Some extensions that you have installed in Google Chrome may not need to run all the time. Think of an extension that works only on a single website or one that you only use for specific tasks such as development or research.
While some extensions use memory optimization techniques to use little or no memory while idle, others use the same amount all the time.
This may not be a problem if your system has plenty of memory, but if you are using Chrome on a low-end or mid-range system, it may be an issue as these extensions, even if not in use, may use memory that could be of use elsewhere.
You can check out a detailed analysis of the issue here.
In this guide, I mentioned extensions that you can use to quickly switch of a group of or individual extensions. Since you may not need some extensions all the time, you can use the method to quickly turn them off to reduce the memory use of the browser.
Update: It appears that activation has a different meaning than enabling or disabling the extension. While you will notice that an extension will work or won't work if you hit the mapped shortcut, it won't be disabled or enabled as an extension in the browser.
What I did not mention back then was that the Chrome browser ships with a built-in option to enable or disable individual extensions using keyboard shortcuts.
Here is how that works:
The shortcut can be used to toggle the state of the extension. If it is enabled, it will disable the extension and vice verse.
As I have mentioned before, this works only for individual extensions. While you can set a shortcut for all extensions you have installed in Chrome, it becomes less practicable with each extension installed.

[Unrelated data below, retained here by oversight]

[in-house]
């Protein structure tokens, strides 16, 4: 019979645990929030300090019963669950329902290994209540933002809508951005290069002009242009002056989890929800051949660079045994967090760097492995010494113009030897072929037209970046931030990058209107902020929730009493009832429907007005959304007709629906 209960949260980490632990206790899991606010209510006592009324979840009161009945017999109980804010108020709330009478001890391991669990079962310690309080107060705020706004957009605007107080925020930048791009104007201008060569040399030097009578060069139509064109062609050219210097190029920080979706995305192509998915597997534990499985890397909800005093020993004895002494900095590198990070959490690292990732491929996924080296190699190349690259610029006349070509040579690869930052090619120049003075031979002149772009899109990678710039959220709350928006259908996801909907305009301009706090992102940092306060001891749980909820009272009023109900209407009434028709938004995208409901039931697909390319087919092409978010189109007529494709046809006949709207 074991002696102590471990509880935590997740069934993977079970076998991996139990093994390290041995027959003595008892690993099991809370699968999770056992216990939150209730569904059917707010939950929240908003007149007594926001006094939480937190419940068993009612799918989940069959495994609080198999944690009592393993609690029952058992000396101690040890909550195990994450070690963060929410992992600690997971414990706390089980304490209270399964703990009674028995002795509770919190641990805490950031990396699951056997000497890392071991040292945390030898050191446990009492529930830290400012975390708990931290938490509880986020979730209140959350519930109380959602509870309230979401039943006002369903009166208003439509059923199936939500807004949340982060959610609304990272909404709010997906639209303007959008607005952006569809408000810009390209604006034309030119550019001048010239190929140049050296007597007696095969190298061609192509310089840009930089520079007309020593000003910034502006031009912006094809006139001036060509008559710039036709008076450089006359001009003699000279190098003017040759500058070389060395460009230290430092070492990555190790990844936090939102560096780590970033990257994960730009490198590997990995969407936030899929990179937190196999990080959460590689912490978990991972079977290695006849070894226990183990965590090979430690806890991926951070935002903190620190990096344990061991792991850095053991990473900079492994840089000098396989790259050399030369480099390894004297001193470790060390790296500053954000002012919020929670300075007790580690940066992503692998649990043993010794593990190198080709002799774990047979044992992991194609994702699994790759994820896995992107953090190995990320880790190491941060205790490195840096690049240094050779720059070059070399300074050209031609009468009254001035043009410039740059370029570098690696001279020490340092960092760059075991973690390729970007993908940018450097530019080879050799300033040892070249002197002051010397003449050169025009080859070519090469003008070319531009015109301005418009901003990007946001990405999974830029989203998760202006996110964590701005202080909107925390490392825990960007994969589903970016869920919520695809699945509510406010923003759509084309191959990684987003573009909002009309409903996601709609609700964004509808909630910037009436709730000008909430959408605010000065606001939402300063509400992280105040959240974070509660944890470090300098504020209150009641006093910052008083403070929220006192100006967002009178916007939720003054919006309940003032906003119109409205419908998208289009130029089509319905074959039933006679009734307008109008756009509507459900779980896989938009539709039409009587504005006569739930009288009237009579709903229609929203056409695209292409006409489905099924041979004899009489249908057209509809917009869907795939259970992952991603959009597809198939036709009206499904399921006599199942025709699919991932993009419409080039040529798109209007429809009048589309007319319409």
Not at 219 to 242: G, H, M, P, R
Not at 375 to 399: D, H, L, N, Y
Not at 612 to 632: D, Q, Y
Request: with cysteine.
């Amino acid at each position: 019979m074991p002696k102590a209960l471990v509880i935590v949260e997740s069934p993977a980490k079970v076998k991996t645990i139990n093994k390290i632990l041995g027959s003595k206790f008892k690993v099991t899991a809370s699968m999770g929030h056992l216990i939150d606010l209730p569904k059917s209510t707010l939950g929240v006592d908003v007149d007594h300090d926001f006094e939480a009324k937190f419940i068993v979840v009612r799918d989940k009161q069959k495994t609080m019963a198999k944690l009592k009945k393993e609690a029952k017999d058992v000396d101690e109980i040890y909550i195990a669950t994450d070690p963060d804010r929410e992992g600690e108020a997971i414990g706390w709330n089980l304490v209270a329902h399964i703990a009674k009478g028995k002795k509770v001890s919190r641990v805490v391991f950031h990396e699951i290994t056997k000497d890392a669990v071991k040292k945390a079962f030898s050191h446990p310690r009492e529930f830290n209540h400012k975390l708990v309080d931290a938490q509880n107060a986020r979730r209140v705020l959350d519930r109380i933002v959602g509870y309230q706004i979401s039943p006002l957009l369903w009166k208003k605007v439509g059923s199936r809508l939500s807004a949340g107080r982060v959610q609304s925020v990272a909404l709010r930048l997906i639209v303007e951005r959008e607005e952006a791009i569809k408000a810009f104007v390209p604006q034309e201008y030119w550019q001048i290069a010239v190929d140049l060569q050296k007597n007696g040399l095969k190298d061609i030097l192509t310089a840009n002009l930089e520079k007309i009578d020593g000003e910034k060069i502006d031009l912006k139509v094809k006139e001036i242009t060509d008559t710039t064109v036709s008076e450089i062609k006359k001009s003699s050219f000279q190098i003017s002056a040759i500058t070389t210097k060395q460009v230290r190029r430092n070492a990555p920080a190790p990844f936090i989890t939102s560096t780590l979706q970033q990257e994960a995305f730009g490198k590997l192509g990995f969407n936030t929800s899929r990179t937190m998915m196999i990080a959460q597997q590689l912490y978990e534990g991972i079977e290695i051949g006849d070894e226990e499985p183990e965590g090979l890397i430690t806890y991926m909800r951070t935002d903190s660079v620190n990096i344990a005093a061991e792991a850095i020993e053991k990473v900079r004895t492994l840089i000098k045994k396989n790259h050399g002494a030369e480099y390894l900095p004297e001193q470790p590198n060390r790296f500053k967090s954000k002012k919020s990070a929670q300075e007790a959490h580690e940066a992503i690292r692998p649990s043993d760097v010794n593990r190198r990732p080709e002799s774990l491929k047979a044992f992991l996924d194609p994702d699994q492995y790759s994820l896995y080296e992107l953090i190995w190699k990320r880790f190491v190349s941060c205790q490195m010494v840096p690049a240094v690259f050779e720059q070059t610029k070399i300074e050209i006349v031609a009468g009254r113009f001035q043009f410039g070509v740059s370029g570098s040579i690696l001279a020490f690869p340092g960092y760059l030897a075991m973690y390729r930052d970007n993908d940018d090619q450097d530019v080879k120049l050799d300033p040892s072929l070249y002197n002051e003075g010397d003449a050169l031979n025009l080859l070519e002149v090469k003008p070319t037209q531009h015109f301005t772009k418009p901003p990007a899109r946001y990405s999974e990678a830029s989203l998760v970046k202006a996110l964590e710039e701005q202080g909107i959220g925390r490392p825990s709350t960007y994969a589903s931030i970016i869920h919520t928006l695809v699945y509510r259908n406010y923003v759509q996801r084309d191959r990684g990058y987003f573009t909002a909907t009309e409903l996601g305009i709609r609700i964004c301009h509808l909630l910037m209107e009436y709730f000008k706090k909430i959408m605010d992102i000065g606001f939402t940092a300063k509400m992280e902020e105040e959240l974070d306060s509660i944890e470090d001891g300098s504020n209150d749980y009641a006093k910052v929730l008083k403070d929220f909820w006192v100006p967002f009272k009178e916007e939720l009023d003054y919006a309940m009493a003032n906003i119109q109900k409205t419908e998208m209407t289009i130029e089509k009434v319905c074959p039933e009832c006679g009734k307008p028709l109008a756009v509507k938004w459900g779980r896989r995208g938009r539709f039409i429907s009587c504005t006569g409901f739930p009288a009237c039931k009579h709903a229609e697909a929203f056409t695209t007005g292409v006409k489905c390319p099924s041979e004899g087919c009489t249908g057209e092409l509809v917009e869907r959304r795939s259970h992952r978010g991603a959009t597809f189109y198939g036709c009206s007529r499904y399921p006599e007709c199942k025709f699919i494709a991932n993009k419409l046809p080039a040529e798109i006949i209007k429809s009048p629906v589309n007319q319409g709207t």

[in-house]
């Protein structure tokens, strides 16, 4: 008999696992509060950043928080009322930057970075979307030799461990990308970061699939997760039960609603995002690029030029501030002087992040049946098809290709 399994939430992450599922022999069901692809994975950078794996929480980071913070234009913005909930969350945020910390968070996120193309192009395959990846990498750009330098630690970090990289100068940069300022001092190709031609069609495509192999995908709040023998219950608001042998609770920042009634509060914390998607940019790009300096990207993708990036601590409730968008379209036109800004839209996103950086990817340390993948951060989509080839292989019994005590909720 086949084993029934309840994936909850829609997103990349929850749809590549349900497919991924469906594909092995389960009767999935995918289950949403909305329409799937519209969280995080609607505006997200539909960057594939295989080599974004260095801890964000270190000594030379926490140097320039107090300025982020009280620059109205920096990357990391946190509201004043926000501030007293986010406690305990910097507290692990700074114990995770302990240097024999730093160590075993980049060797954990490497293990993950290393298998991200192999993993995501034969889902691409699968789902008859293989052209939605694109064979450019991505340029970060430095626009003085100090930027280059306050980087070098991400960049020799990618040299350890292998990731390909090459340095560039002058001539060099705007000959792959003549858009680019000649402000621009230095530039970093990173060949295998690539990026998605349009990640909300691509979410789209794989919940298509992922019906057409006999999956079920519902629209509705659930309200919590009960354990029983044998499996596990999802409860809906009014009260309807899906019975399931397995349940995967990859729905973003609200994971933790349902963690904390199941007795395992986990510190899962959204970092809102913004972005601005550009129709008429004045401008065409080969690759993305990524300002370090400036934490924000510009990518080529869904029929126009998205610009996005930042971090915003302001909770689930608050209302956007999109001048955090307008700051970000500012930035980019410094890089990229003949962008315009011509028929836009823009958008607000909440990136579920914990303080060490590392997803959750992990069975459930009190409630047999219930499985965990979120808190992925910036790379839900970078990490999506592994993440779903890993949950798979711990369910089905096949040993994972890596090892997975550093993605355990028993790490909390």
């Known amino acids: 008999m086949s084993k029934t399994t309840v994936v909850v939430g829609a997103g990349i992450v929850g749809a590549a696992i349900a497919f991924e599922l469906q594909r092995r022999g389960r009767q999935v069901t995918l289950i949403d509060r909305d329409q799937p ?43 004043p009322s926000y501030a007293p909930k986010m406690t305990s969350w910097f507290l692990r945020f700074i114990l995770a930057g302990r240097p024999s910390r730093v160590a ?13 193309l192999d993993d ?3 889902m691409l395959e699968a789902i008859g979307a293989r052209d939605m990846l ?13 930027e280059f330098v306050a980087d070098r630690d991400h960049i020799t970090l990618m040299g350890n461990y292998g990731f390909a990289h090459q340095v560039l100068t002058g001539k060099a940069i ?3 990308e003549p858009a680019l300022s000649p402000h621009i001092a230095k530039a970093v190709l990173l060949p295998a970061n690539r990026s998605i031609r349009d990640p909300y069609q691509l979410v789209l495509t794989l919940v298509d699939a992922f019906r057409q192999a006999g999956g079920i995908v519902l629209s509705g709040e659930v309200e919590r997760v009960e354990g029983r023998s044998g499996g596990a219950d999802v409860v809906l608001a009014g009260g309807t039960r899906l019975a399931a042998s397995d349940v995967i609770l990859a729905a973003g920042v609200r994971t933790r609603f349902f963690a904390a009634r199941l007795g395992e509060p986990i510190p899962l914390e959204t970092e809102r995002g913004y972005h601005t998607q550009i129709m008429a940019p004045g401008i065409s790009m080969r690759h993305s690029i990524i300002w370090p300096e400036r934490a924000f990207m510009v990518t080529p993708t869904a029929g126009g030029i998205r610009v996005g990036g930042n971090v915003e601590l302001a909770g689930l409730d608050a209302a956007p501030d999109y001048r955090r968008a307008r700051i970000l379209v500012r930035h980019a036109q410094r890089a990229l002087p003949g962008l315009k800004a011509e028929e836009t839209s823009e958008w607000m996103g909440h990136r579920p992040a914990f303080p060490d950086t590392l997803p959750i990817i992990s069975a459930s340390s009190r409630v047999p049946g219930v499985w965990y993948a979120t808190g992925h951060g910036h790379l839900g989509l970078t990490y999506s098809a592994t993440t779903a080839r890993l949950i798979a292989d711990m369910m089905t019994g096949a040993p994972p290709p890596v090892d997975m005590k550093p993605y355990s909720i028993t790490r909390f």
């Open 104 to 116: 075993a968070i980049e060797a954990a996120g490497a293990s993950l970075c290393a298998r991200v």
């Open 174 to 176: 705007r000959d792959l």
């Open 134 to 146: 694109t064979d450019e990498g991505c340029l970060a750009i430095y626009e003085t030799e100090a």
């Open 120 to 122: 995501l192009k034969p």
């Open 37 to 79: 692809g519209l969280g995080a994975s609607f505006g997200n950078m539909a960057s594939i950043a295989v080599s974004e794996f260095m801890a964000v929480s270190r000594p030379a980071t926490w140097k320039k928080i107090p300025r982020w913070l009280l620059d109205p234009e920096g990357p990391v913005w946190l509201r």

If you do have installed one or two, or want to toggle the state of one or two only, then this may be the best solution as you don't have to install another extension to manage the activation state of extensions in the browser.
You will notice that it may take a while before the state is toggled after you hit the shortcut that you have set.
Advertising revenue is falling fast across the Internet, and independently-run sites like Ghacks are hit hardest by it. The advertising model in its current form is coming to an end, and we have to find other ways to continue operating this site.
We are committed to keeping our content free and independent, which means no paywalls, no sponsored posts, no annoying ad formats (video ads) or subscription fees.
If you like our content, and would like to help, please consider making a contribution:
Ghacks is a technology news blog that was founded in 2005 by Martin Brinkmann. It has since then become one of the most popular tech news sites on the Internet with five authors and regular contributions from freelance writers.